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The Impact of Omitting Promotion Variables on Simulation Experiments

  • David Weiskopf

Using store-level scanner data, elasticity matrices are estimated using a twotiered demand system. Two basic models are estimated, one with promotion variables and one without. Differences between the estimates across the two models are statistically significant. However, when the elasticities are used as 'inputs' into several simulation exercises, there are only small differences in merger effects and patent damage estimates.The results suggest that the differences are not 'economically' significant.

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Article provided by Taylor & Francis Journals in its journal International Journal of the Economics of Business.

Volume (Year): 7 (2000)
Issue (Month): 2 ()
Pages: 159-166

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Handle: RePEc:taf:ijecbs:v:7:y:2000:i:2:p:159-166
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  1. Deaton, Angus S & Muellbauer, John, 1980. "An Almost Ideal Demand System," American Economic Review, American Economic Association, vol. 70(3), pages 312-26, June.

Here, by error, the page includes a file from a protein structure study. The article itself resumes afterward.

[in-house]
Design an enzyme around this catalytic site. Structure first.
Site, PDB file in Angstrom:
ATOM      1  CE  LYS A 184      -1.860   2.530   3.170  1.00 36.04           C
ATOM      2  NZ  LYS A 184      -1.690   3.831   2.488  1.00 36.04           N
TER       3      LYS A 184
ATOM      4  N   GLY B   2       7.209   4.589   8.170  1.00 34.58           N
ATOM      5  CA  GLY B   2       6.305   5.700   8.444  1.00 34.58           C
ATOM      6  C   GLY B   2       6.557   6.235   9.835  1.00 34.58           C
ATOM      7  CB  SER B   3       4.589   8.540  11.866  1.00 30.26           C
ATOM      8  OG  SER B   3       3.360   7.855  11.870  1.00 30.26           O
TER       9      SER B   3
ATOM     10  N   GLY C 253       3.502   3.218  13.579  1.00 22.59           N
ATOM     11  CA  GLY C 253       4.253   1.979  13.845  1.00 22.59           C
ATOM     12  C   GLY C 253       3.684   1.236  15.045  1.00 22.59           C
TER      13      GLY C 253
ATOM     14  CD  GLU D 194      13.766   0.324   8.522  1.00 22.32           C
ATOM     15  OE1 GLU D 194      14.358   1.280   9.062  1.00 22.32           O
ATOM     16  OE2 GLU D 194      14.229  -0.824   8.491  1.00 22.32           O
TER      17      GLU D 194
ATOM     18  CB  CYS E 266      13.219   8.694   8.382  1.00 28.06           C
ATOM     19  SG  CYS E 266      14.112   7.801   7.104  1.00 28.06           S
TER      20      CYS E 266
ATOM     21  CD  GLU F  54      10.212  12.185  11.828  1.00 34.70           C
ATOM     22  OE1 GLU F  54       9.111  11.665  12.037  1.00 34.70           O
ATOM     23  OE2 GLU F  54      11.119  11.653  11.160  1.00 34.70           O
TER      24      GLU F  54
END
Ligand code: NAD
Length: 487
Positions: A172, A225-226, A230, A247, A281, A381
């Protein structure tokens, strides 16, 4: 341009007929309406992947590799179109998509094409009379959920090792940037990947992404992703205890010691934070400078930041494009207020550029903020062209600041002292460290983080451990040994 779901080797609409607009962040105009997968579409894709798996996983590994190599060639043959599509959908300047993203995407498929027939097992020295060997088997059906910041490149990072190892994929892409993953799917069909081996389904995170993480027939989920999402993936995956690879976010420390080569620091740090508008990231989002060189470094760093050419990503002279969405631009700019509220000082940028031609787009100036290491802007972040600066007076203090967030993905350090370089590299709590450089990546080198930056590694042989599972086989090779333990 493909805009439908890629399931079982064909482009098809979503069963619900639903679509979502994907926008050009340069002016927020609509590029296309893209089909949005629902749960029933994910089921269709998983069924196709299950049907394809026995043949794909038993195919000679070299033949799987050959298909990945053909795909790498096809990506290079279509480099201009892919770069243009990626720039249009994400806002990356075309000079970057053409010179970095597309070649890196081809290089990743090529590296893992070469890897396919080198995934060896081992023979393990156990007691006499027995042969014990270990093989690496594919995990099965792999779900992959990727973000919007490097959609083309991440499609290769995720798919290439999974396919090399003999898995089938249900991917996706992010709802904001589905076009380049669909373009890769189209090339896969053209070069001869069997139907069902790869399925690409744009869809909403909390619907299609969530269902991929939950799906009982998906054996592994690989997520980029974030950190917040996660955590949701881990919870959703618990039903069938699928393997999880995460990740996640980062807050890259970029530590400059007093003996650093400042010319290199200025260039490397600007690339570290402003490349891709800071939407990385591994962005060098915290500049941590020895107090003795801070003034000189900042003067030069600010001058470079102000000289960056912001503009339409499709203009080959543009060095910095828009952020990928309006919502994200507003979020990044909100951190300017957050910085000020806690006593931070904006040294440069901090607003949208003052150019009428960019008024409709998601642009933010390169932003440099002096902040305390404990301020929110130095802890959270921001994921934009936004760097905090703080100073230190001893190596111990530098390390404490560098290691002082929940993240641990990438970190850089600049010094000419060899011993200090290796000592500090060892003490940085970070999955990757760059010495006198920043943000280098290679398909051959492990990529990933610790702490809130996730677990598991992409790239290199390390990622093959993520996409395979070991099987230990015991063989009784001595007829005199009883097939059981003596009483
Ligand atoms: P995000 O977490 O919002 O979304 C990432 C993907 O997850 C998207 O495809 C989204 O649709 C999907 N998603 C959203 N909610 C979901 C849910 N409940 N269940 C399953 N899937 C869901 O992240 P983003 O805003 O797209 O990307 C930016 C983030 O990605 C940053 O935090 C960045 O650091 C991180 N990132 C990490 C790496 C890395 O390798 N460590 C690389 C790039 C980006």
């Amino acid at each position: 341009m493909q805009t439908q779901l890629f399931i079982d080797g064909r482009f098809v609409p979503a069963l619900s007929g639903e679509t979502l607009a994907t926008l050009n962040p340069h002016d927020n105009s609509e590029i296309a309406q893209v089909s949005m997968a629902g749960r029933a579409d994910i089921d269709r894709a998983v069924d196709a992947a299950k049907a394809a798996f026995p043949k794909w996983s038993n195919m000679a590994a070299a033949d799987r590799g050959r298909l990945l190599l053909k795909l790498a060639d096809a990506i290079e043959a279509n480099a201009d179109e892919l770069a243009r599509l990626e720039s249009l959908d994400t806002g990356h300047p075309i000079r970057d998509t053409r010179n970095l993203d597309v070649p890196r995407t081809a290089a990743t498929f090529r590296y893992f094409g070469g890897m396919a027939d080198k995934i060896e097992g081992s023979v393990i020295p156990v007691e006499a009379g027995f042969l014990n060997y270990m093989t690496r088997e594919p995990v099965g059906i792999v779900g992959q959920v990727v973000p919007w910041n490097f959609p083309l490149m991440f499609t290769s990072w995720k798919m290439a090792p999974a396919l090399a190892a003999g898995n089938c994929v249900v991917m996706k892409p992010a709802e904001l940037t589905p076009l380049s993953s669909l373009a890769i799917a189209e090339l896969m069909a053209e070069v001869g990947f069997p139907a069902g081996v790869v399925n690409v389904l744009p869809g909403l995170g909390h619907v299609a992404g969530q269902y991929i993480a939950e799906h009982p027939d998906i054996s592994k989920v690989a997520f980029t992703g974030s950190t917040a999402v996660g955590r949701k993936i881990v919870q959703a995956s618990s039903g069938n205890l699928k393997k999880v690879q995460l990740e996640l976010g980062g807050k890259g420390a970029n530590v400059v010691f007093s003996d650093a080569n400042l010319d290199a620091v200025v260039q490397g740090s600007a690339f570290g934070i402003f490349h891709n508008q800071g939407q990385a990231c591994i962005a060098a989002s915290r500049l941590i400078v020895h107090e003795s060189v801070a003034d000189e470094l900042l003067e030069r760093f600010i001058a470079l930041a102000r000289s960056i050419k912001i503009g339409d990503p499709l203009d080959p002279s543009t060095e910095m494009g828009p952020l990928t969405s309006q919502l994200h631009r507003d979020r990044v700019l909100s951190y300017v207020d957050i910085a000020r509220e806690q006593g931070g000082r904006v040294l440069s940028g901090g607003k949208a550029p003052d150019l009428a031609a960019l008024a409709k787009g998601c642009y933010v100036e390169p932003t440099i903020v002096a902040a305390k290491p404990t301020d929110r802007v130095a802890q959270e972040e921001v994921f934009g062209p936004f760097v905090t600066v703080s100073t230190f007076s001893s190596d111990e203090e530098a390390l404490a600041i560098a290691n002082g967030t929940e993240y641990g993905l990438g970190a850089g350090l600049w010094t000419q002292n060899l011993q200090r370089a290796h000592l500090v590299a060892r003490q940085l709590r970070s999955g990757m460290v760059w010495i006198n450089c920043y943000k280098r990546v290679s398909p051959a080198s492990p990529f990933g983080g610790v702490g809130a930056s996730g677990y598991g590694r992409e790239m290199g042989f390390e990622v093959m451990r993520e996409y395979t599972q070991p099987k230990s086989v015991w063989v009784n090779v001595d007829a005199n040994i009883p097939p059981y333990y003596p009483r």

2. Hausman, Jerry A, 1978. "Specification Tests in Econometrics," Econometrica, Econometric Society, vol. 46(6), pages 1251-71, November.
  3. Jerry HAUSMAN & Gregory LEONARD & J. Douglas ZONA, 1994. "Competitive Analysis with Differentiated Products," Annales d'Economie et de Statistique, ENSAE, issue 34, pages 159-180.
  4. Philip Crooke & Luke Froeb & Steven Tschantz & Gregory Werden, 1999. "Effects of Assumed Demand Form on Simulated Postmerger Equilibria," Review of Industrial Organization, Springer, vol. 15(3), pages 205-217, November.
  5. Gregory Werden & Luke Froeb & James Langenfeld, 2000. "Lost Profits from Patent Infringement: The Simulation Approach," International Journal of the Economics of Business, Taylor & Francis Journals, vol. 7(2), pages 213-227.
  6. Aviv Nevo & Catherine Wolfram, 1999. "Prices and Coupons for Breakfast Cereals," NBER Working Papers 6932, National Bureau of Economic Research, Inc.
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